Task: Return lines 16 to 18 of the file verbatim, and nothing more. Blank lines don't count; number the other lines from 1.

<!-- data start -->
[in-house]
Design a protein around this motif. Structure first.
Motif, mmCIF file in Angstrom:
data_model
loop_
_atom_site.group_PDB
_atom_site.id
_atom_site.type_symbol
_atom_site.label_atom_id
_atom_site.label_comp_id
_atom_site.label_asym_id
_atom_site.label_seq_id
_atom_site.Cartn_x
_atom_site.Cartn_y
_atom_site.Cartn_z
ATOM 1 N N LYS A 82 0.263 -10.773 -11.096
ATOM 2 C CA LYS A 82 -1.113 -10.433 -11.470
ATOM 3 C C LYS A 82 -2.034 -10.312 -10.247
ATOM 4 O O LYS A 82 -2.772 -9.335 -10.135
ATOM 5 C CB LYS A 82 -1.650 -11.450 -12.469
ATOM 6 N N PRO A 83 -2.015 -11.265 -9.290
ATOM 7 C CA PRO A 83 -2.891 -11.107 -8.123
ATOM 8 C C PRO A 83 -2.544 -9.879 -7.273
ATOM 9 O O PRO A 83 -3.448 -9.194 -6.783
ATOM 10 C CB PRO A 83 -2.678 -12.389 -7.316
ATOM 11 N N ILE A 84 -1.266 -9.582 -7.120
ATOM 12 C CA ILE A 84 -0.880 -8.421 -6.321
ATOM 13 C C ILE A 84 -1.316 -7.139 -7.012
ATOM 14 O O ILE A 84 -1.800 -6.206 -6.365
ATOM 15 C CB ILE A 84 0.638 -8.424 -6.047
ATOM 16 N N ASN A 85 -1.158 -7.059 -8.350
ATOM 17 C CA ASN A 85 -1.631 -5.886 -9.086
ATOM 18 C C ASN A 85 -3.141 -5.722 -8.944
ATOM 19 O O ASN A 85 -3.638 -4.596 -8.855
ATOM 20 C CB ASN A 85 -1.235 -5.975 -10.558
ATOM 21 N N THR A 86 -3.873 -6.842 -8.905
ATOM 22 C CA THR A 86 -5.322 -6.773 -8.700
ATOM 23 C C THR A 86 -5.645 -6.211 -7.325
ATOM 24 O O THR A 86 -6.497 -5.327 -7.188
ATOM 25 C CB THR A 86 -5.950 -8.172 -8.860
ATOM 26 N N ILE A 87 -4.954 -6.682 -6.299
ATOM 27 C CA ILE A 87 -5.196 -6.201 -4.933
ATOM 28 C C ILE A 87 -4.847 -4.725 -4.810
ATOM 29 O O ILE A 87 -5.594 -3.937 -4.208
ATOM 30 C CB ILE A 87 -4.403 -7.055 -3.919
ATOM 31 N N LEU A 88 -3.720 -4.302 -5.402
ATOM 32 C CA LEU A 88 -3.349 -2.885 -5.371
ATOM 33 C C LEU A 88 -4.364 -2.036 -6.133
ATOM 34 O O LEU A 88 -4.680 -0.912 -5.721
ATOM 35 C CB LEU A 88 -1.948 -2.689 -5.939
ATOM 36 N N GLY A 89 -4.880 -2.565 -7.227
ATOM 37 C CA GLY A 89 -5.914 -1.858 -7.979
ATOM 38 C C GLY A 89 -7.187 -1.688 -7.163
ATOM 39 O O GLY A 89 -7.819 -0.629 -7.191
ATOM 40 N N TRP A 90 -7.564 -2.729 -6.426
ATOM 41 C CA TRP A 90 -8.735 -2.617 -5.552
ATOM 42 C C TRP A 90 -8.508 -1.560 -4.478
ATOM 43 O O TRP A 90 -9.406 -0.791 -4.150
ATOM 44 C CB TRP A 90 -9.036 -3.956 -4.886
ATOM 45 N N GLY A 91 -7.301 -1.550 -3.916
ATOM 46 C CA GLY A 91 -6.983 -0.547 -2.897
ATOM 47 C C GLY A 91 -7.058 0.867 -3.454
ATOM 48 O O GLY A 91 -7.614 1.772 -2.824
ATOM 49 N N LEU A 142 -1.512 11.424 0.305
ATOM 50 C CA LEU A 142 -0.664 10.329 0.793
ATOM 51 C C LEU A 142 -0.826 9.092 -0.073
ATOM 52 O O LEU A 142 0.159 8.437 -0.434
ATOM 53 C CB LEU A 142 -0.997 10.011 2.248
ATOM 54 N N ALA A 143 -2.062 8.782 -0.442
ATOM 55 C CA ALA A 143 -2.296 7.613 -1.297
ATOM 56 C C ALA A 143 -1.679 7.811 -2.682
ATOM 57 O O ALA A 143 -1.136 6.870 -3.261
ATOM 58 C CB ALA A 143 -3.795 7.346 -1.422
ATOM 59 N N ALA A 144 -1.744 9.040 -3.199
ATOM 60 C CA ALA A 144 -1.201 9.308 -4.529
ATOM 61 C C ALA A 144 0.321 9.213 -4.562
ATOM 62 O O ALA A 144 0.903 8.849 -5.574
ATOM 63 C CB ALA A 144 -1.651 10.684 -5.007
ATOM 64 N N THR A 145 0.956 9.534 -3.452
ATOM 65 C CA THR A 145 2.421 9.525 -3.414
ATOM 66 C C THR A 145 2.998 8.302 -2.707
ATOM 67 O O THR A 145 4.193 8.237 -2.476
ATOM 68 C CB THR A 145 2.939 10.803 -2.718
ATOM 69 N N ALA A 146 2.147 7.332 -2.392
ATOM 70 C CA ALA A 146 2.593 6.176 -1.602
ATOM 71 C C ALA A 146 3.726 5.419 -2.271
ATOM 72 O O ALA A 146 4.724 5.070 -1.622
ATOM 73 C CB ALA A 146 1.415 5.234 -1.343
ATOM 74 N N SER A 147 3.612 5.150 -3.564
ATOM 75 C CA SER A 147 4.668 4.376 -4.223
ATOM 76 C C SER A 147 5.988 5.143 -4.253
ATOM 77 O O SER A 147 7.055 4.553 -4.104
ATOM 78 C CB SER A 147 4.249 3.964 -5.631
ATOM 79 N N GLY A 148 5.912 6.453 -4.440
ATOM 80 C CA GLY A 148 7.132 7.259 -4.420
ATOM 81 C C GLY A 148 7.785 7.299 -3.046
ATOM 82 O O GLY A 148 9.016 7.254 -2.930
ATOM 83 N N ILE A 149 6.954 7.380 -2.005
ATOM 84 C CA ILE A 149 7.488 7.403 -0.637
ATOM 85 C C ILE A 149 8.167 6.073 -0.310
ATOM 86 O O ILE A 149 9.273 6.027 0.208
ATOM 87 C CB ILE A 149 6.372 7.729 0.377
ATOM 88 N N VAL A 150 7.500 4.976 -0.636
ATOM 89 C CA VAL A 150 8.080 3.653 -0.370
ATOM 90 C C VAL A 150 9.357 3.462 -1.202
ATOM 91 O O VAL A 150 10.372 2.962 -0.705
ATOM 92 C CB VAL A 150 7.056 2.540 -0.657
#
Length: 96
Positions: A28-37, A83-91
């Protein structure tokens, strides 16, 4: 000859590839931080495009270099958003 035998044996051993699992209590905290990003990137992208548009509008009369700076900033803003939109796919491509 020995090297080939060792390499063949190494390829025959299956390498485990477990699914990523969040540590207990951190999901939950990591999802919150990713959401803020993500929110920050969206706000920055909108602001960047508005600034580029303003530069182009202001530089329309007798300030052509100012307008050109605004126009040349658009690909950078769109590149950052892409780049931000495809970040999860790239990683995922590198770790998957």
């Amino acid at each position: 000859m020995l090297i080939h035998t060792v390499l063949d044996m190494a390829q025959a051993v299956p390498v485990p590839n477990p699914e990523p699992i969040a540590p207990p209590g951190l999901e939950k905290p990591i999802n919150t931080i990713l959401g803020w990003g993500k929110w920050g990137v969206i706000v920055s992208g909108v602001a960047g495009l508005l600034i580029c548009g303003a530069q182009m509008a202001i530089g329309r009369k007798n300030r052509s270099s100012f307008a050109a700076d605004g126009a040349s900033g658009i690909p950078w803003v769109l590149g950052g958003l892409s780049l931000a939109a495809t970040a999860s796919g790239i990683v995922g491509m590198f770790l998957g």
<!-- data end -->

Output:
ATOM 1 N N LYS A 82 0.263 -10.773 -11.096
ATOM 2 C CA LYS A 82 -1.113 -10.433 -11.470
ATOM 3 C C LYS A 82 -2.034 -10.312 -10.247